The Trump administration's national security team is considering eliminating the top White House cybersecurity job -- a decision that would likely rankle Democrats, many of whom fear possible foreign interference in the upcoming midterm elections.
Specifically, John Bolton, who recently became President Donald Trump's national security adviser, is advocating for the elimination of the role of special assistant to the president and cybersecurity coordinator, Politico reported. The position is currently occupied by Rob Joyce.
The possible changes come as a surprise as Bolton has been considered a supporter of a more vigorous cybersecurity strategy that targets enemies of the U.S. Earlier this year, he urged the White House to do more to counter the Russian threat, saying "it is not enough, however, to file criminal charges against Russian citizens, nor are economic sanctions anywhere near sufficient to prove our displeasure."
He went on to suggest a "retaliatory cyber campaign against Russia" that "should be decidedly disproportionate" in order to teach Russia that the "costs to them from future cyberattacks against the United States will be so high that they will simply consign all their cyberwarfare plans to their computer memories to gather electronic dust."
Experts and former National Security Council officials say the elimination of the role would indicate the U.S. doesn't consider cybersecurity a top priority and would undermine the progress it made since the job was created at the beginning of the Obama administration.
Megan Stifel, a former NSC director for international cyber policy, told Politico that abolishing the position would signal to other countries "that the U.S. is taking the gas pedal off of cybersecurity as a key national security issue.”
“With no one at the helm at the White House to manage this process, I worry about which countries will step in,” she added.
Michael Daniel, the Obama administration’s cyber coordinator from 2012 to 2017, seconded, saying: “Given the complexities of the issues that we face in cyberspace … you’re going to have to have somebody that’s focused on dealing with those issues at the White House level."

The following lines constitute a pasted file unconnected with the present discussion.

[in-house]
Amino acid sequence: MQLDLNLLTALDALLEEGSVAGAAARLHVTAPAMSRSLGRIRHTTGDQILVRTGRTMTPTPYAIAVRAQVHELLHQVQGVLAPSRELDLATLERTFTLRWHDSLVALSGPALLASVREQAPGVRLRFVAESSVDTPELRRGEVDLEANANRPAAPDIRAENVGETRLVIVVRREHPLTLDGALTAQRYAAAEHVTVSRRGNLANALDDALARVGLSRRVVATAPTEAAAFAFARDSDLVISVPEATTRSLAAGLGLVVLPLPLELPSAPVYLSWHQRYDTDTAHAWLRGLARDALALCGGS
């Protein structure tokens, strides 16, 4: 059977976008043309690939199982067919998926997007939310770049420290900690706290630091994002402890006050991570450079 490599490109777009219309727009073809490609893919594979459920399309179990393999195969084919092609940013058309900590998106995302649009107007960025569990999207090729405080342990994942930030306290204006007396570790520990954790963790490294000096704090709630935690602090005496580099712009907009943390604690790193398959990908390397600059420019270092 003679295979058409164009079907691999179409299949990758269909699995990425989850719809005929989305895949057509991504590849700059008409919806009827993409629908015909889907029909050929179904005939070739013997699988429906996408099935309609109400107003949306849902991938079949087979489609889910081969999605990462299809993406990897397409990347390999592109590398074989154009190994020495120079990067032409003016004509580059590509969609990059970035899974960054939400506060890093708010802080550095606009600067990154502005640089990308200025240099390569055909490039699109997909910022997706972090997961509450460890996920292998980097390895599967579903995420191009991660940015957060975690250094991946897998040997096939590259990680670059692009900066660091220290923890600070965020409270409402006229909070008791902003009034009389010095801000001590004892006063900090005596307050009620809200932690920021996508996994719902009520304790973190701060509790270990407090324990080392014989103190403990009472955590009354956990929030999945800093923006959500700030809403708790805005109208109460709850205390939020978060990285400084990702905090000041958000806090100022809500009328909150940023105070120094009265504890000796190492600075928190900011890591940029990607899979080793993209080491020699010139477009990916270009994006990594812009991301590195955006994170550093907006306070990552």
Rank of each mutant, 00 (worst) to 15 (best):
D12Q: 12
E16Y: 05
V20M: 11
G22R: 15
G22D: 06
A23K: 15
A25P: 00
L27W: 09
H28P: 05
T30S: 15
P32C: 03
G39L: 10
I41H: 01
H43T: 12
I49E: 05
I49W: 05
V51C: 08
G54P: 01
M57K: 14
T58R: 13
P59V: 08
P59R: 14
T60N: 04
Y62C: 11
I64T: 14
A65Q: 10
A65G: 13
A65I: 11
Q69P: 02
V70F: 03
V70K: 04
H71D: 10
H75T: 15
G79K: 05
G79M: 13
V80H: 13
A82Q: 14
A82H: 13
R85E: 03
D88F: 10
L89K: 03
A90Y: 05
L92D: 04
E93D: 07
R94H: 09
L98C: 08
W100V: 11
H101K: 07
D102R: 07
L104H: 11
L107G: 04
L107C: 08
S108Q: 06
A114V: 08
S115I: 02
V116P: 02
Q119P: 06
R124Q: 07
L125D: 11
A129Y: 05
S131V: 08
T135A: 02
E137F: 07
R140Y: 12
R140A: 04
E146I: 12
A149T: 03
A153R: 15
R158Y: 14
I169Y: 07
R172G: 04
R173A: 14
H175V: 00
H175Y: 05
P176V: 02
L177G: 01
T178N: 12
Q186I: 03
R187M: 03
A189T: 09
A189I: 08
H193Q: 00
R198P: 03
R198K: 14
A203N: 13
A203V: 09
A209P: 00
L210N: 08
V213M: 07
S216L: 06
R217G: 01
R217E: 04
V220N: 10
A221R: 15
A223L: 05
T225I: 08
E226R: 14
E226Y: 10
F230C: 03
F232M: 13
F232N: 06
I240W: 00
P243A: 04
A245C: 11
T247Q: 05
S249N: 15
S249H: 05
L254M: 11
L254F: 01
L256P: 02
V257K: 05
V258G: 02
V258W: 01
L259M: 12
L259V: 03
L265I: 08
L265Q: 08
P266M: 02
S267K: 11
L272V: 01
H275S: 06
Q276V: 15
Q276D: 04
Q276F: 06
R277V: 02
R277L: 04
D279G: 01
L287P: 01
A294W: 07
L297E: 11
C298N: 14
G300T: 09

Changes to the NSC are long sought by Bolton, who previously told the council's employees that a staff overhaul is immminent, including an influx of new people and a reorganization.
A source familiar with the situation told Fox News in April that Bolton sent a memo to staffers saying some changes could include combining high-level director positions.
Mira Ricardel, Bolton's deputy, is reportedly in favor of the move to abolish Joyce's role, with one former U.S. official telling Politico that Ricardel may pick up those duties.
The White House did not deny the role could be abolished, according to Politico.
The push to abolish the cybersecurity post also came as Democrats are increasingly warning about foreign interference during the elections.
Former U.S. Sen. Al Franken spoke about cybersecurity earlier this month, at an event in Portugal four months after he resigned amid sexual misconduct allegations. He urged Congress to secure Americans’ privacy and democracy.'
“They’ll be back. They never left,” Franken said about Russia’s disinformation efforts in the country.
Two congressional Democrats, Reps. Ted Lieu, of California, and Ruben Gallego, of Arizona, also asked the White House to provide what security precautions Trump is taking to avoid being hacked by foreign hackers over his personal phone use.
Fox News' Samuel Chamberlain and Serafin Gómez contributed to this report.